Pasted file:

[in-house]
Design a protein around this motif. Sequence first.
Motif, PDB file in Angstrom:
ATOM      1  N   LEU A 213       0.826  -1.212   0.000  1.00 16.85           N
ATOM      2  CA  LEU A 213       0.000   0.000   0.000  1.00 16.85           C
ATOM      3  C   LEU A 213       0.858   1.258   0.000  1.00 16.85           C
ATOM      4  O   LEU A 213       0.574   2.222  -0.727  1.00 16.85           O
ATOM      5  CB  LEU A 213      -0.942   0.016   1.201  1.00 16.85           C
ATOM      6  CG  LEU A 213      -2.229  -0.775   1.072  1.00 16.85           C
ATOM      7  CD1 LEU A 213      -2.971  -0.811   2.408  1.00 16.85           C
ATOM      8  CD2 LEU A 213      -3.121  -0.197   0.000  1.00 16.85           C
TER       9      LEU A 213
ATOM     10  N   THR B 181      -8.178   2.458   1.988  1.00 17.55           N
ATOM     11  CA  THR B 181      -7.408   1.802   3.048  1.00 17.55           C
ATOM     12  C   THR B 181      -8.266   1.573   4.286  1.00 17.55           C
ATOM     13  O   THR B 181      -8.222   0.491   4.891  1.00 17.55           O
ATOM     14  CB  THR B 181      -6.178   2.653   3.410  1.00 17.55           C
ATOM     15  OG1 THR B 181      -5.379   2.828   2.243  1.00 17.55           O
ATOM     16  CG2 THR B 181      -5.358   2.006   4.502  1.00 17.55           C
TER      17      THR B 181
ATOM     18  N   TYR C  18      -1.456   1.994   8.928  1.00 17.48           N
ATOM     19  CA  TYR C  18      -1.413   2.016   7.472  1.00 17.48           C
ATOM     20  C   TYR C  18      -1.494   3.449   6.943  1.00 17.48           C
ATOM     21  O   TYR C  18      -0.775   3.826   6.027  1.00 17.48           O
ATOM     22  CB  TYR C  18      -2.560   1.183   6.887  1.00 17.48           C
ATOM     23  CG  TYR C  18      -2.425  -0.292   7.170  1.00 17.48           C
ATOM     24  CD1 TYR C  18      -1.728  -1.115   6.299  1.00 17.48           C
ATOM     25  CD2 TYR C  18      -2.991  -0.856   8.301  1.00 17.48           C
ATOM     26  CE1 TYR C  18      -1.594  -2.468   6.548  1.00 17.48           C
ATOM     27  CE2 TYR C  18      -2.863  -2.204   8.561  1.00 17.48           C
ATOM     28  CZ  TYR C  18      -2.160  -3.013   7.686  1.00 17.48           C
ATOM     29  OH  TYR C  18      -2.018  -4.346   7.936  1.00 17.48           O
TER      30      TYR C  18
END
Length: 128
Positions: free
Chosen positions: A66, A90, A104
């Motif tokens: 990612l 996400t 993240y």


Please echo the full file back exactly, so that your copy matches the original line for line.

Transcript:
[in-house]
Design a protein around this motif. Sequence first.
Motif, PDB file in Angstrom:
ATOM      1  N   LEU A 213       0.826  -1.212   0.000  1.00 16.85           N
ATOM      2  CA  LEU A 213       0.000   0.000   0.000  1.00 16.85           C
ATOM      3  C   LEU A 213       0.858   1.258   0.000  1.00 16.85           C
ATOM      4  O   LEU A 213       0.574   2.222  -0.727  1.00 16.85           O
ATOM      5  CB  LEU A 213      -0.942   0.016   1.201  1.00 16.85           C
ATOM      6  CG  LEU A 213      -2.229  -0.775   1.072  1.00 16.85           C
ATOM      7  CD1 LEU A 213      -2.971  -0.811   2.408  1.00 16.85           C
ATOM      8  CD2 LEU A 213      -3.121  -0.197   0.000  1.00 16.85           C
TER       9      LEU A 213
ATOM     10  N   THR B 181      -8.178   2.458   1.988  1.00 17.55           N
ATOM     11  CA  THR B 181      -7.408   1.802   3.048  1.00 17.55           C
ATOM     12  C   THR B 181      -8.266   1.573   4.286  1.00 17.55           C
ATOM     13  O   THR B 181      -8.222   0.491   4.891  1.00 17.55           O
ATOM     14  CB  THR B 181      -6.178   2.653   3.410  1.00 17.55           C
ATOM     15  OG1 THR B 181      -5.379   2.828   2.243  1.00 17.55           O
ATOM     16  CG2 THR B 181      -5.358   2.006   4.502  1.00 17.55           C
TER      17      THR B 181
ATOM     18  N   TYR C  18      -1.456   1.994   8.928  1.00 17.48           N
ATOM     19  CA  TYR C  18      -1.413   2.016   7.472  1.00 17.48           C
ATOM     20  C   TYR C  18      -1.494   3.449   6.943  1.00 17.48           C
ATOM     21  O   TYR C  18      -0.775   3.826   6.027  1.00 17.48           O
ATOM     22  CB  TYR C  18      -2.560   1.183   6.887  1.00 17.48           C
ATOM     23  CG  TYR C  18      -2.425  -0.292   7.170  1.00 17.48           C
ATOM     24  CD1 TYR C  18      -1.728  -1.115   6.299  1.00 17.48           C
ATOM     25  CD2 TYR C  18      -2.991  -0.856   8.301  1.00 17.48           C
ATOM     26  CE1 TYR C  18      -1.594  -2.468   6.548  1.00 17.48           C
ATOM     27  CE2 TYR C  18      -2.863  -2.204   8.561  1.00 17.48           C
ATOM     28  CZ  TYR C  18      -2.160  -3.013   7.686  1.00 17.48           C
ATOM     29  OH  TYR C  18      -2.018  -4.346   7.936  1.00 17.48           O
TER      30      TYR C  18
END
Length: 128
Positions: free
Chosen positions: A66, A90, A104
């Motif tokens: 990612l 996400t 993240y």